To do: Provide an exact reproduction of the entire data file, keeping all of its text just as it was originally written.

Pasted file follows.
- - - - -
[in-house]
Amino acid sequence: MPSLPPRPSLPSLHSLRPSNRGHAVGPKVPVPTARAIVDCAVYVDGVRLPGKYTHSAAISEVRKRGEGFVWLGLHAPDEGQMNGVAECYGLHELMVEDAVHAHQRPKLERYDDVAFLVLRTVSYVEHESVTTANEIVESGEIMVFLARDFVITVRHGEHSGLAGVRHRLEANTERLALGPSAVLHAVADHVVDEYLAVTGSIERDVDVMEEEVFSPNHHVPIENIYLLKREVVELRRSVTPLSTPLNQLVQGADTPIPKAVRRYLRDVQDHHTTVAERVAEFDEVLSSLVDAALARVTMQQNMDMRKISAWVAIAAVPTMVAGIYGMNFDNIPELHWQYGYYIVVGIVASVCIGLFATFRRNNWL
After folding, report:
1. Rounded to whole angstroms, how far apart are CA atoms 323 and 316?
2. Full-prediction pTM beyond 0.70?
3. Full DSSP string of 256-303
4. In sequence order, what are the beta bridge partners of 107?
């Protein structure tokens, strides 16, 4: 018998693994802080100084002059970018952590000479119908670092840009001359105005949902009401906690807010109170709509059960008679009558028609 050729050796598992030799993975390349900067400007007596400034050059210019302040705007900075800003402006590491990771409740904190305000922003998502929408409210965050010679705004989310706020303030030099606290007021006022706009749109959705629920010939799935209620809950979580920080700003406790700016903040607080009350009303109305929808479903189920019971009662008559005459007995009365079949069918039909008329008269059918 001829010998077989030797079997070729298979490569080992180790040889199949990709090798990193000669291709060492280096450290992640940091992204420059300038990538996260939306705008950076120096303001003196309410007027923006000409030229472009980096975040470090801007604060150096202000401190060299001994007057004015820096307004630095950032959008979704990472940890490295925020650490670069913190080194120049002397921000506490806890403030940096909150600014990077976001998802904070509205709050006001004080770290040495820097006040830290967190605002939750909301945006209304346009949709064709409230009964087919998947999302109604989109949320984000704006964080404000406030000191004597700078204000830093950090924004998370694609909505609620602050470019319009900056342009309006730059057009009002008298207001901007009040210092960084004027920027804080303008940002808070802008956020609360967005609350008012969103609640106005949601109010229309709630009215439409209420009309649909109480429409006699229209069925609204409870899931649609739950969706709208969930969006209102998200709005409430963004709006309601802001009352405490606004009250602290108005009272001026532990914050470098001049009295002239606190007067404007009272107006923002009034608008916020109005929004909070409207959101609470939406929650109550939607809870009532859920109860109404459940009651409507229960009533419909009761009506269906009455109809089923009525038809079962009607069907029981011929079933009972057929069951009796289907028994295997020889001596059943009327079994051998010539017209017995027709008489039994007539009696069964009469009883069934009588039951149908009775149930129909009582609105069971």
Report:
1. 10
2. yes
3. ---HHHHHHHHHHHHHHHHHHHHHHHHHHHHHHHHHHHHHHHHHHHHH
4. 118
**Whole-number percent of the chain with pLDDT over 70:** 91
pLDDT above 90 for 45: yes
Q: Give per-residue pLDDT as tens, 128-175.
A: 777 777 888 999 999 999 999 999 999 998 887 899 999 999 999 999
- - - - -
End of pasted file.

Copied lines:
[in-house]
Amino acid sequence: MPSLPPRPSLPSLHSLRPSNRGHAVGPKVPVPTARAIVDCAVYVDGVRLPGKYTHSAAISEVRKRGEGFVWLGLHAPDEGQMNGVAECYGLHELMVEDAVHAHQRPKLERYDDVAFLVLRTVSYVEHESVTTANEIVESGEIMVFLARDFVITVRHGEHSGLAGVRHRLEANTERLALGPSAVLHAVADHVVDEYLAVTGSIERDVDVMEEEVFSPNHHVPIENIYLLKREVVELRRSVTPLSTPLNQLVQGADTPIPKAVRRYLRDVQDHHTTVAERVAEFDEVLSSLVDAALARVTMQQNMDMRKISAWVAIAAVPTMVAGIYGMNFDNIPELHWQYGYYIVVGIVASVCIGLFATFRRNNWL
After folding, report:
1. Rounded to whole angstroms, how far apart are CA atoms 323 and 316?
2. Full-prediction pTM beyond 0.70?
3. Full DSSP string of 256-303
4. In sequence order, what are the beta bridge partners of 107?
């Protein structure tokens, strides 16, 4: 018998693994802080100084002059970018952590000479119908670092840009001359105005949902009401906690807010109170709509059960008679009558028609 050729050796598992030799993975390349900067400007007596400034050059210019302040705007900075800003402006590491990771409740904190305000922003998502929408409210965050010679705004989310706020303030030099606290007021006022706009749109959705629920010939799935209620809950979580920080700003406790700016903040607080009350009303109305929808479903189920019971009662008559005459007995009365079949069918039909008329008269059918 001829010998077989030797079997070729298979490569080992180790040889199949990709090798990193000669291709060492280096450290992640940091992204420059300038990538996260939306705008950076120096303001003196309410007027923006000409030229472009980096975040470090801007604060150096202000401190060299001994007057004015820096307004630095950032959008979704990472940890490295925020650490670069913190080194120049002397921000506490806890403030940096909150600014990077976001998802904070509205709050006001004080770290040495820097006040830290967190605002939750909301945006209304346009949709064709409230009964087919998947999302109604989109949320984000704006964080404000406030000191004597700078204000830093950090924004998370694609909505609620602050470019319009900056342009309006730059057009009002008298207001901007009040210092960084004027920027804080303008940002808070802008956020609360967005609350008012969103609640106005949601109010229309709630009215439409209420009309649909109480429409006699229209069925609204409870899931649609739950969706709208969930969006209102998200709005409430963004709006309601802001009352405490606004009250602290108005009272001026532990914050470098001049009295002239606190007067404007009272107006923002009034608008916020109005929004909070409207959101609470939406929650109550939607809870009532859920109860109404459940009651409507229960009533419909009761009506269906009455109809089923009525038809079962009607069907029981011929079933009972057929069951009796289907028994295997020889001596059943009327079994051998010539017209017995027709008489039994007539009696069964009469009883069934009588039951149908009775149930129909009582609105069971």
Report:
1. 10
2. yes
3. ---HHHHHHHHHHHHHHHHHHHHHHHHHHHHHHHHHHHHHHHHHHHHH
4. 118
**Whole-number percent of the chain with pLDDT over 70:** 91
pLDDT above 90 for 45: yes
Q: Give per-residue pLDDT as tens, 128-175.
A: 777 777 888 999 999 999 999 999 999 998 887 899 999 999 999 999